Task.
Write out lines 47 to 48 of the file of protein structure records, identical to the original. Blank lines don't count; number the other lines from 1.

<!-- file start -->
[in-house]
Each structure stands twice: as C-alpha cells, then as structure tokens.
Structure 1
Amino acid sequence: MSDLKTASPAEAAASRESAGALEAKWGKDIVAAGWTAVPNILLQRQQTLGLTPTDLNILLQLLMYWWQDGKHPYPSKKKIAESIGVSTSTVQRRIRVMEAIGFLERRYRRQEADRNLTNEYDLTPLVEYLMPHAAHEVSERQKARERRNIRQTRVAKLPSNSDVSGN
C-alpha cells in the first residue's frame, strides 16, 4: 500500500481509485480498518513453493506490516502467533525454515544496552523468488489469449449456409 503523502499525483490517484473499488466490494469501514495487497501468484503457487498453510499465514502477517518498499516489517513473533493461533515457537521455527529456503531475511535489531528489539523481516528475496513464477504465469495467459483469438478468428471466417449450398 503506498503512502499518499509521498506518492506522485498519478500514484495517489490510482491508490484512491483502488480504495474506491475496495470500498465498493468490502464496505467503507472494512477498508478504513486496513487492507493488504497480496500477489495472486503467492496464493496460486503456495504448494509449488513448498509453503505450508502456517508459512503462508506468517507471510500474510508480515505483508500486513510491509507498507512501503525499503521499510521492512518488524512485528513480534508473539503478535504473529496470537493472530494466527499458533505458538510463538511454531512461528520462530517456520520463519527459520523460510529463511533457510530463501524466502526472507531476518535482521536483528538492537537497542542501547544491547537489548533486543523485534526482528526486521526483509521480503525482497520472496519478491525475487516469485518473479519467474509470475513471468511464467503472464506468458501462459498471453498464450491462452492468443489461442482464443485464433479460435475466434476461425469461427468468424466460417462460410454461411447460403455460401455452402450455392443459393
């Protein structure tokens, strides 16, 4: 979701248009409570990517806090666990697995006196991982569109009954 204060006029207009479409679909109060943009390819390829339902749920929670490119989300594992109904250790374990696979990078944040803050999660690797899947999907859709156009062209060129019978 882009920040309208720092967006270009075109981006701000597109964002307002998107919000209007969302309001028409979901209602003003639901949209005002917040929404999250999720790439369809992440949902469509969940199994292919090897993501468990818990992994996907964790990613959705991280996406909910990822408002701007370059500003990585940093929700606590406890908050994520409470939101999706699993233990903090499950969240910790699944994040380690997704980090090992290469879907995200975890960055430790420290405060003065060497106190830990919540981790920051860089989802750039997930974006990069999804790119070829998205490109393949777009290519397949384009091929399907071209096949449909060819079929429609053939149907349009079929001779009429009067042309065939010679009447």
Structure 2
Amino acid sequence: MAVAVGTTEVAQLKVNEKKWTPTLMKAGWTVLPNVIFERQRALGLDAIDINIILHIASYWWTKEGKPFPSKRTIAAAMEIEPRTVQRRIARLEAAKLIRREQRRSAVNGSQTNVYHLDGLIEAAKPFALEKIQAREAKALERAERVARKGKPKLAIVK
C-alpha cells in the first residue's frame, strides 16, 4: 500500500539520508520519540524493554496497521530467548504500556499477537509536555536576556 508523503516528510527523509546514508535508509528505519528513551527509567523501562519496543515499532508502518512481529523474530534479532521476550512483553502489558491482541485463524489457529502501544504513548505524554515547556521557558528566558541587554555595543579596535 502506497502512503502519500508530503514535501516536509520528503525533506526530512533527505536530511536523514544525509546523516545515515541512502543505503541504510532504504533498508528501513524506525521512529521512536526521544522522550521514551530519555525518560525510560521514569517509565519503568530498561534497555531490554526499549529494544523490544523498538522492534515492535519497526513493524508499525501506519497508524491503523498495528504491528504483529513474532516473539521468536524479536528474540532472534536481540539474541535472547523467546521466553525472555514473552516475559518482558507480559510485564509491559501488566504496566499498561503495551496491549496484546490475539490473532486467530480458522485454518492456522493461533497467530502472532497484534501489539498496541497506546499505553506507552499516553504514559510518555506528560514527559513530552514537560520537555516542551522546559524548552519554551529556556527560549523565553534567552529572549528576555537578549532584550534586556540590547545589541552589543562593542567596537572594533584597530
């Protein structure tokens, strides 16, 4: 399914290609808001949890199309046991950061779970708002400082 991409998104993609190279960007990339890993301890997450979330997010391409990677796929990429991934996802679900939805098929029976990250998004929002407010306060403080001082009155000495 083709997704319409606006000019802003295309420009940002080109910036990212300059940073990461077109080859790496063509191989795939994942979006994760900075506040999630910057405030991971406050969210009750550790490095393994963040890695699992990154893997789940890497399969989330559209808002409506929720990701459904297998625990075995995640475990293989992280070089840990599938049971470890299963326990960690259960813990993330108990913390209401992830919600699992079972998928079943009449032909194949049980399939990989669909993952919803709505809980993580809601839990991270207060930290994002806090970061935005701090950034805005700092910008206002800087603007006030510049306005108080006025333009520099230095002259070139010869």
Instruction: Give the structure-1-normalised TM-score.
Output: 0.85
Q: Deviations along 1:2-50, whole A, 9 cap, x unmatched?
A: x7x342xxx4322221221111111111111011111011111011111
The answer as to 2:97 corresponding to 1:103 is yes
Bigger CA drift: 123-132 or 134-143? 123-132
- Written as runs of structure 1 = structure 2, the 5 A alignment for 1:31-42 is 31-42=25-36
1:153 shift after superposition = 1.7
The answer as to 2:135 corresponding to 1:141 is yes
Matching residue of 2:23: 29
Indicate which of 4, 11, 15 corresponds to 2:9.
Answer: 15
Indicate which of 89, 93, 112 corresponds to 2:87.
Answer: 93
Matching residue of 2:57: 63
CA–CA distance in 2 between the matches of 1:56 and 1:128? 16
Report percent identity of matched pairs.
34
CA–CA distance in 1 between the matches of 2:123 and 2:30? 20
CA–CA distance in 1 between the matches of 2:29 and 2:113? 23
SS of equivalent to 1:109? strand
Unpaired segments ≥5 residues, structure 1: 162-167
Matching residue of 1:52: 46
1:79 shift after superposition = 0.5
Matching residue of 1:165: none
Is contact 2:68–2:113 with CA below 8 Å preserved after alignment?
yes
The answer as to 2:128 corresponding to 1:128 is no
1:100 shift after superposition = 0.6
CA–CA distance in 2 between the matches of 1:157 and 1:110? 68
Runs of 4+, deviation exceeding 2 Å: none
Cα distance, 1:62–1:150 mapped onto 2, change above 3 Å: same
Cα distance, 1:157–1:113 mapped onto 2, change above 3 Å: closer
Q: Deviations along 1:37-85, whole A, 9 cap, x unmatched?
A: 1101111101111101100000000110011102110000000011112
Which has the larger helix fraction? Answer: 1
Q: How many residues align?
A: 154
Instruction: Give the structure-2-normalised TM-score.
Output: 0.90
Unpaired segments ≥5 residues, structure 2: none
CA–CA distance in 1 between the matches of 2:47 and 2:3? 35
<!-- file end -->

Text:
Q: How many residues align?
A: 154